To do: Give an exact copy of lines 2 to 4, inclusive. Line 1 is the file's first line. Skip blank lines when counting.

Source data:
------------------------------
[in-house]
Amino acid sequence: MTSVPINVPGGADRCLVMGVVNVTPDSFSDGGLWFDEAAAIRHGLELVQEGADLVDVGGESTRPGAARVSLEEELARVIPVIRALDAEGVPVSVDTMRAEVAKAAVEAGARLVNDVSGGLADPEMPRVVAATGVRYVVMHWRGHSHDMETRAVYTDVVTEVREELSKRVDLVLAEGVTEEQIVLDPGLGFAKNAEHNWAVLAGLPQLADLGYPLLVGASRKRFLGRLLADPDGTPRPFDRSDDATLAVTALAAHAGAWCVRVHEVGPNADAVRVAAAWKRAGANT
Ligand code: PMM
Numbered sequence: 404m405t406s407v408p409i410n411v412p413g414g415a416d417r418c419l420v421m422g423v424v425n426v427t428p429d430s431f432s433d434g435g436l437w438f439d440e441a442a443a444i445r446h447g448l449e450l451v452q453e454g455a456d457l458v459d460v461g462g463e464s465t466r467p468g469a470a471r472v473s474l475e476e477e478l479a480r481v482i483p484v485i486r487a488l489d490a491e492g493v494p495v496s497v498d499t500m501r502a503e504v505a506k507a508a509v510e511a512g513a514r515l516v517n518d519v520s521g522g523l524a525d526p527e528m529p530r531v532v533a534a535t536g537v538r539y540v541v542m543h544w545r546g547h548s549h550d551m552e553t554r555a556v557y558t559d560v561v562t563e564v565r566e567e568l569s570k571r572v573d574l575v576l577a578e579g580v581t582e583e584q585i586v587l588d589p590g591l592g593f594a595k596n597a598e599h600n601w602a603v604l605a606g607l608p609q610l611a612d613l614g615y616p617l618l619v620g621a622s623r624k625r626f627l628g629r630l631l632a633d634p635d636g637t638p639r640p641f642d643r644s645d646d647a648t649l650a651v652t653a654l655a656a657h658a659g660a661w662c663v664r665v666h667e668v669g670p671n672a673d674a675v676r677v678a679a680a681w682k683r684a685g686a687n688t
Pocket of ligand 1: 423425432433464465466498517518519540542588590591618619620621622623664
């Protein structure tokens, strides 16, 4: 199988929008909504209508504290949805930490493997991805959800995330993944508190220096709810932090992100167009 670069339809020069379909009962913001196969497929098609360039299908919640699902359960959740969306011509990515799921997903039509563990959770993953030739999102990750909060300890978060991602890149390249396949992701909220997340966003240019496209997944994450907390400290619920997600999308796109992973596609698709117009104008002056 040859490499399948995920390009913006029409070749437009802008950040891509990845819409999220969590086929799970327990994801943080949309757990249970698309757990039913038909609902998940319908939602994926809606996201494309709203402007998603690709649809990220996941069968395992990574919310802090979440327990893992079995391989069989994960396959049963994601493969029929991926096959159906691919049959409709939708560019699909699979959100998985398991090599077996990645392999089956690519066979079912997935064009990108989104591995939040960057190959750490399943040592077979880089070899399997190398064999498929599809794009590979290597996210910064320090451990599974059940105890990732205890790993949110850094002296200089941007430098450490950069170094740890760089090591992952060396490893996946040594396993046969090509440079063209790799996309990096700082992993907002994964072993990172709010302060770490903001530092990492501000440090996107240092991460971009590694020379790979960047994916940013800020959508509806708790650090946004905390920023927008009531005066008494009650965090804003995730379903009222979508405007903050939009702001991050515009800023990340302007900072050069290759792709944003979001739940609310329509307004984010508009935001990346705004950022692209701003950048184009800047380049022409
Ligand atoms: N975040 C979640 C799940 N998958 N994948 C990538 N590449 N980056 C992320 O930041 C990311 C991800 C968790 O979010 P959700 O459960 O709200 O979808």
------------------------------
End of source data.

Amino acid sequence: MTSVPINVPGGADRCLVMGVVNVTPDSFSDGGLWFDEAAAIRHGLELVQEGADLVDVGGESTRPGAARVSLEEELARVIPVIRALDAEGVPVSVDTMRAEVAKAAVEAGARLVNDVSGGLADPEMPRVVAATGVRYVVMHWRGHSHDMETRAVYTDVVTEVREELSKRVDLVLAEGVTEEQIVLDPGLGFAKNAEHNWAVLAGLPQLADLGYPLLVGASRKRFLGRLLADPDGTPRPFDRSDDATLAVTALAAHAGAWCVRVHEVGPNADAVRVAAAWKRAGANT
Ligand code: PMM
Numbered sequence: 404m405t406s407v408p409i410n411v412p413g414g415a416d417r418c419l420v421m422g423v424v425n426v427t428p429d430s431f432s433d434g435g436l437w438f439d440e441a442a443a444i445r446h447g448l449e450l451v452q453e454g455a456d457l458v459d460v461g462g463e464s465t466r467p468g469a470a471r472v473s474l475e476e477e478l479a480r481v482i483p484v485i486r487a488l489d490a491e492g493v494p495v496s497v498d499t500m501r502a503e504v505a506k507a508a509v510e511a512g513a514r515l516v517n518d519v520s521g522g523l524a525d526p527e528m529p530r531v532v533a534a535t536g537v538r539y540v541v542m543h544w545r546g547h548s549h550d551m552e553t554r555a556v557y558t559d560v561v562t563e564v565r566e567e568l569s570k571r572v573d574l575v576l577a578e579g580v581t582e583e584q585i586v587l588d589p590g591l592g593f594a595k596n597a598e599h600n601w602a603v604l605a606g607l608p609q610l611a612d613l614g615y616p617l618l619v620g621a622s623r624k625r626f627l628g629r630l631l632a633d634p635d636g637t638p639r640p641f642d643r644s645d646d647a648t649l650a651v652t653a654l655a656a657h658a659g660a661w662c663v664r665v666h667e668v669g670p671n672a673d674a675v676r677v678a679a680a681w682k683r684a685g686a687n688t